There’s a hurting and often invisible population amid the LGBTQ+ revolution right now: parents. Each week I hear stories from moms and dads who communicate their pain, need, and sense of grievous loss in response to a child who is struggling with sexuality or gender or has embraced unbiblical ideology altogether. Proverbs 17:17 says, “A friend loves at all times, and a brother is born for adversity.” I’d like to humbly offer a few suggestions to my brothers and sisters in the church about how to love this often-invisible part of the body of Christ well in their adversity.
Weep with Those Who Weep
We are all familiar with Romans 12:15: “Rejoice with those who rejoice, and weep with those who weep.” Be prepared to enter the heartbreak of your brothers and sisters walking this difficult road. Even Job’s friends, who did not always offer the best counsel or help, entered into Job’s grief. Job 2:11 says, “Now when Job’s three friends heard of all this evil that was come upon him, they came each from his own place, Eliphaz the Temanite, and Bildad the Shuhite, and Zophar the Naamathite. They made an appointment together to come to show him sympathy and comfort him.”
As people who need Christ, we ought to not be shocked that these issues are on our doorstep.
How can you grow into that kind of friend, seeking out parents who are hurting? You don’t always need all the right words to say; sometimes a quiet companion in suffering is just what someone needs. “And they sat with him on the ground seven days and seven nights, and no one spoke a word to him, for they saw that his suffering was very great” (Job 2:13).
A Showcase or a Hospital?
As people who need Christ, we ought to not be shocked that these issues are on our doorstep. How is God wanting you to grow as a safe and trustworthy friend for others in their heartache? After all, we are fellow Christians who know that in this world, we face trouble. We all know the painful burden of others’ sins and the reality of our own dark hearts without Christ.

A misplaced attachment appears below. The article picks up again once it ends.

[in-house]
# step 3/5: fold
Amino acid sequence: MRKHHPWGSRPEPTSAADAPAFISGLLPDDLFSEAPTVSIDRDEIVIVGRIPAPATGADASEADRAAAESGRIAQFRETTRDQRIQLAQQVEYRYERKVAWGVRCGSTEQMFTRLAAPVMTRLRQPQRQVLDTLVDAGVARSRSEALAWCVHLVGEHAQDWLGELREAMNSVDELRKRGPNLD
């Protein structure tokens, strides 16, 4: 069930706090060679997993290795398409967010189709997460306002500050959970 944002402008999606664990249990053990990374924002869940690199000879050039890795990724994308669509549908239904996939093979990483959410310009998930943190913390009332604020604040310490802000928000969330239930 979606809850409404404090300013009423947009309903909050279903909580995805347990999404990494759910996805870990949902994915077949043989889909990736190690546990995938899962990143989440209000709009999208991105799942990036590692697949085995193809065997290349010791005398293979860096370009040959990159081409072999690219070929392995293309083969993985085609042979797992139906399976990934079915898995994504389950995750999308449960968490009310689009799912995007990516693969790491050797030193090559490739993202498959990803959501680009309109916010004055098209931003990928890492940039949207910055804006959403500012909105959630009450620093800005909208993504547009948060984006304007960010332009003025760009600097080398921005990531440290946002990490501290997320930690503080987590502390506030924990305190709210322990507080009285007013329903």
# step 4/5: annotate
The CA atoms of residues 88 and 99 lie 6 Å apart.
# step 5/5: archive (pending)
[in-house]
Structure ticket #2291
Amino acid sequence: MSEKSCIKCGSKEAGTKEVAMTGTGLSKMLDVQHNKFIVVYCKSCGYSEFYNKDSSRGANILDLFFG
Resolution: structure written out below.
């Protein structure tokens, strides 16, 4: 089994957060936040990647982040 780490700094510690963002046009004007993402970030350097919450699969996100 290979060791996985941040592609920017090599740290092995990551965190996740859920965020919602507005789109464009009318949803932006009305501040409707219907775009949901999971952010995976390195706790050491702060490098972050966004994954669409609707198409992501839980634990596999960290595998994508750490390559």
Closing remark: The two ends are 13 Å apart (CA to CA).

Brothers and sisters dealing with the trauma of a child who has embraced a transgender or gay identity commonly describe their ordeal with words such as devastating, suffocating, sleeplessness, agonizing, earth shattering. The parents I’ve ministered to are generally earnest, sincere believers who have poured into their children’s lives and nurtured them in the Lord. Frequently, I hear stories from parents who were blindsided by their kids’ embrace of an LGBTQ+ identity. Their hopes and expectations for their kids becoming faithful adult followers of Jesus are crushed, and so are their hearts.
We want these believing parents and their children to see the church as a welcoming place where they can wrestle with these issues.
Pray about how you can be approachable and ready to enter into the sorrow of these parents. And consider talking with your church’s leaders about how they are thinking this through as they shepherd your congregation. We want these believing parents and their children to see the church as a welcoming place where they can wrestle with these issues. Remember Jesus’s words to the scribes and Pharisees when they murmured against him because he ate with publicans and sinners: “They that are whole need not a physician; but they that are sick. I came not to call the righteous, but sinners to repentance” (Luke 5:31).
Pastors, Preach on LGBTQ+ Ideology